|Spouse||Suleiman the Magnificent|
|Mahidevran Sultan or Gülbahar|
|House||House of Osman|
|Died||3 February 1581 (aged 80-83)
Bursa, Ottoman Empire
|Burial||Muradiye Complex, Bursa|
Mahidevran Sultan (Ottoman Turkish: ماه دوران سلطان, c. 1498 – 3 February 1581) was a consort to Suleiman the Magnificent and the mother of Şehzade Mustafa, Şehzade Ahmed and Raziye Sultan of the Ottoman Empire.
Mahidevran’s name (Turkish pronunciation: [ˌmaːhidevˈɾan ɟylbaˈhaɾ], Ottoman Turkish: ماه دوران) means "one who is always beautiful", "one whose beauty never fades" or "beauty of the times. Another meaning of her name is "Moon of Fortune." It was Suleiman who named her Gülbahar, with gül meaning 'rose' and bahar meaning 'spring' in Turkish and Persian.
Little is known of Mahidevran’s early life. Her ethnical background is a matter of controversy. She was either from Caucasus or from Albania. According to an interview with Saide Perizat Temrukoğlu, a descendant of Mahidevran, Mahidevran was the daughter of Temruk, a 16th-century Kabarday prince.  This interview supports the Caucasus-origin theory. It also puports that she had never been a slave girl.
Suleiman was still a şehzade ("Ottoman prince") and the governor of Manisa sanjak (then known as Saruhan) when she gave birth to Mustafa in 1515. When Selim I died in 1520, Suleiman moved to Constantinople, the capital of the Ottoman Empire, along with his family to ascend the throne.
In the Istanbul harem, Mahidevran Sultan had a very influential rival, Hürrem Sultan, who soon proved to be Suleiman’s favorite consort as well as his legal wife. Hürrem gave birth to her first son Mehmed in 1521 (who died in 1543) and then Selim (future sultan Selim II) in 1524, destroying Mahidevran’s status of being the mother of the sultan’s only son. The rivalry between the two women was partially suppressed by Ayşe Hafsa Sultan, Suleiman’s mother, but after her death in 1534, as a result of the bitter rivalry a fight between the two women broke out, with Mahidevran beating Hürrem. This angered Suleiman, who subsequently sent Mahidevran to live with her son.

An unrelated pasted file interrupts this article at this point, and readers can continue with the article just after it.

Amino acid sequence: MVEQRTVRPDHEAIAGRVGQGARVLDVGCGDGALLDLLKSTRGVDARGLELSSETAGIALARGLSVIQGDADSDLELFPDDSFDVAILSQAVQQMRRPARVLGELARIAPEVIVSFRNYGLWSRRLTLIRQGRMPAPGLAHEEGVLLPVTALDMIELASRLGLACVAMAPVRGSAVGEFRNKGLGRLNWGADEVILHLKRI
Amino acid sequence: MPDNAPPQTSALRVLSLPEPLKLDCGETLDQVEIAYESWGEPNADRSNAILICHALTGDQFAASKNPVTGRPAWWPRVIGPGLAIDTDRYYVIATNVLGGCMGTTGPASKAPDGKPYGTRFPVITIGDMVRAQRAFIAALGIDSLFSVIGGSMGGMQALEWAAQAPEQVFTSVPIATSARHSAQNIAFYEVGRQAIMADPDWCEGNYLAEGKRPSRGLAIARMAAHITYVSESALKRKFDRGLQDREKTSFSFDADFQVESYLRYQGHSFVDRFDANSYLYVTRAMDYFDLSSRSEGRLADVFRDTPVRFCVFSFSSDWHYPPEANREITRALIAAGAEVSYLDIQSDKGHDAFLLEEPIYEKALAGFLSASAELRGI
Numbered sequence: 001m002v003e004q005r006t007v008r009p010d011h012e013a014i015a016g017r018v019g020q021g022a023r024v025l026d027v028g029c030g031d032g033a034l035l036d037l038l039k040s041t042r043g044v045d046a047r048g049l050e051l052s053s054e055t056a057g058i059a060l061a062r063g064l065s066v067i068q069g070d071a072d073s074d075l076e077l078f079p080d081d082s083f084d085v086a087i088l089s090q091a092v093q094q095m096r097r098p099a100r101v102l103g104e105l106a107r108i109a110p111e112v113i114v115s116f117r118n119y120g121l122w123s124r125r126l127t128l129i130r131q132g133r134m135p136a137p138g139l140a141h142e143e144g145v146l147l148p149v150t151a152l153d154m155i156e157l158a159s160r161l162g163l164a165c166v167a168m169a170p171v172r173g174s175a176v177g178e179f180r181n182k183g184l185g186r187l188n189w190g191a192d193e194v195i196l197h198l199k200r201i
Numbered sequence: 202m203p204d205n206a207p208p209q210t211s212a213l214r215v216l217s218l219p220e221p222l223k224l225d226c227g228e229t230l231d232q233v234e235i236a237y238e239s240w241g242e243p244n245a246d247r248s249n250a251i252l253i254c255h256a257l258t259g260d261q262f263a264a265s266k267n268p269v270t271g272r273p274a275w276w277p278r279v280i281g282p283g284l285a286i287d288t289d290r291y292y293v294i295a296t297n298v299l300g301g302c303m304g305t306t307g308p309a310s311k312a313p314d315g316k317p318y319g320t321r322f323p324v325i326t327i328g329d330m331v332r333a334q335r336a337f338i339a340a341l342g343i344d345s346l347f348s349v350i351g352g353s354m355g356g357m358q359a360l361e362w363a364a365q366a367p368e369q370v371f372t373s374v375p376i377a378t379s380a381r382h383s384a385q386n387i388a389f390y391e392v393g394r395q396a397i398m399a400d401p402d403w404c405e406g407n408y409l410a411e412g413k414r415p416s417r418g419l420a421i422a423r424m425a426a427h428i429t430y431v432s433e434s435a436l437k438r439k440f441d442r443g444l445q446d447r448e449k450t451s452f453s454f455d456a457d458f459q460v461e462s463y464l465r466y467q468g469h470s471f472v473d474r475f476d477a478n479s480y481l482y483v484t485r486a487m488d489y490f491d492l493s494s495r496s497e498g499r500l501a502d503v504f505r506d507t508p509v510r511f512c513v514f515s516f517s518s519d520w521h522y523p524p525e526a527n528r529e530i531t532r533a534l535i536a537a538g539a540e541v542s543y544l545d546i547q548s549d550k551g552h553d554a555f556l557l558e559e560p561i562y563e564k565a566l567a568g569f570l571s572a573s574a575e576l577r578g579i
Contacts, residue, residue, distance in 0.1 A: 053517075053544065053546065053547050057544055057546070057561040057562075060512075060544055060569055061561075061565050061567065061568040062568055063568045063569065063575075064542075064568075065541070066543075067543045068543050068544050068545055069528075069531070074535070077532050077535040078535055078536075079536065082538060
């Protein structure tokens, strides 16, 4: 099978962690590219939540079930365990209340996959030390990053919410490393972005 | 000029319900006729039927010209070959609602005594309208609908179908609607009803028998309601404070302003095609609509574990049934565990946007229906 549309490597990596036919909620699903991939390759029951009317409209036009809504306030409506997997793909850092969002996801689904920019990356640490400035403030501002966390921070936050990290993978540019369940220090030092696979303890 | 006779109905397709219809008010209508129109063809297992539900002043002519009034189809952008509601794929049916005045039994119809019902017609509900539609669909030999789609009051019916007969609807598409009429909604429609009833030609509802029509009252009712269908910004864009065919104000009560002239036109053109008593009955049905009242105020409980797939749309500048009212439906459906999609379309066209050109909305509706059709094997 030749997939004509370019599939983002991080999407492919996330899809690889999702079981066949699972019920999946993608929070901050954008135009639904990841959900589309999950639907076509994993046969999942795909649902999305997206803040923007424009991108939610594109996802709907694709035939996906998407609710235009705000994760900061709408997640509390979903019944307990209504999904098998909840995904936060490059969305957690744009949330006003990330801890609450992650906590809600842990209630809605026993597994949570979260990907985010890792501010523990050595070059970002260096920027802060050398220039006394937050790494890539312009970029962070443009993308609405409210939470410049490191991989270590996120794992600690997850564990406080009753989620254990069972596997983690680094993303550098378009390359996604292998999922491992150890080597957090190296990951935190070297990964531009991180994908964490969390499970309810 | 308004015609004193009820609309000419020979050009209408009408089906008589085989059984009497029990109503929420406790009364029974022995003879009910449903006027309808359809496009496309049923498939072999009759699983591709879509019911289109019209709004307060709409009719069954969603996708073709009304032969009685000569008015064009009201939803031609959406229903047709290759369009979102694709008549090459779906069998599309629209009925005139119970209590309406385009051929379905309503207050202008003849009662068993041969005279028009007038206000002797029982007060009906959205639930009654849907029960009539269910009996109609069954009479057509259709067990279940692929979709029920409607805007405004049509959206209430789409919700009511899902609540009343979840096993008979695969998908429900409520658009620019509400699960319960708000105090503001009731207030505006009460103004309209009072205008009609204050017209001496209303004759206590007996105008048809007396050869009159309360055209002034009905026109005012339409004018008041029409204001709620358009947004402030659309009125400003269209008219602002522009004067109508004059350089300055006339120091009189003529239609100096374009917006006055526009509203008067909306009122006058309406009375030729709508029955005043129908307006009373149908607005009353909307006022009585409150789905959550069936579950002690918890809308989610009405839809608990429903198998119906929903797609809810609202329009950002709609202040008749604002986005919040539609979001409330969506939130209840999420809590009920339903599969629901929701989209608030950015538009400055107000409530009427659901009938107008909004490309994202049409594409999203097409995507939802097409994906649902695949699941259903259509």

Towards the end of Suleiman’s long reign, the rivalry between his sons became evident. Furthermore, both Hürrem Sultan and the grand vizier Rüstem Pasha turned him against Mustafa and Mustafa was accused of causing unrest. During the campaign against Safavid Persia in 1553, Suleiman ordered the execution of Mustafa.
For several years after her son’s execution, Mahidevran lived a troubled life. She moved to Bursa where her son’s tomb lay, but lived in poverty for she had almost no income of her own. The only person who helped her was her brother who was a pasha serving in Malatya. Her last years, however, were not in poverty, for Selim II, the new sultan after 1566 as well as her stepson, put her on a salary. She died in 1581.
Depictions in literature and popular culture
- "Ailesinin ağzından Mahidevran’ın hikâyesi". Archived from the original on 2013-01-29.
- Suleyman the Magnificent 1495-1560
- Leslie P., Peirce (1993). "Wives and Concubines: The Fourteenth and Fifteenth Centuries". The Imperial Harem: Women and Sovereignty in the Ottoman Empire. 198 Madison Avenue, New York, New York 10016-4314: Oxford University Press. p. 55. ISBN 978-0-19-508677-5.
- An interview with Saide Perizat (Turkish)
- Encyclopedia of the Ottoman Empire
- Selçuk Aksin Somel: Historical Dictionary of the Ottoman Empire, Oxford, 2003, ISBN 0-8108-4332-3, p. 123
- Lord Kinross: The Ottoman Centuries, (Trans. by Nilifer Epçeli) Altın Kitaplar, İstanbul, 2008, ISBN 978-975-21-0955-1 p. 233.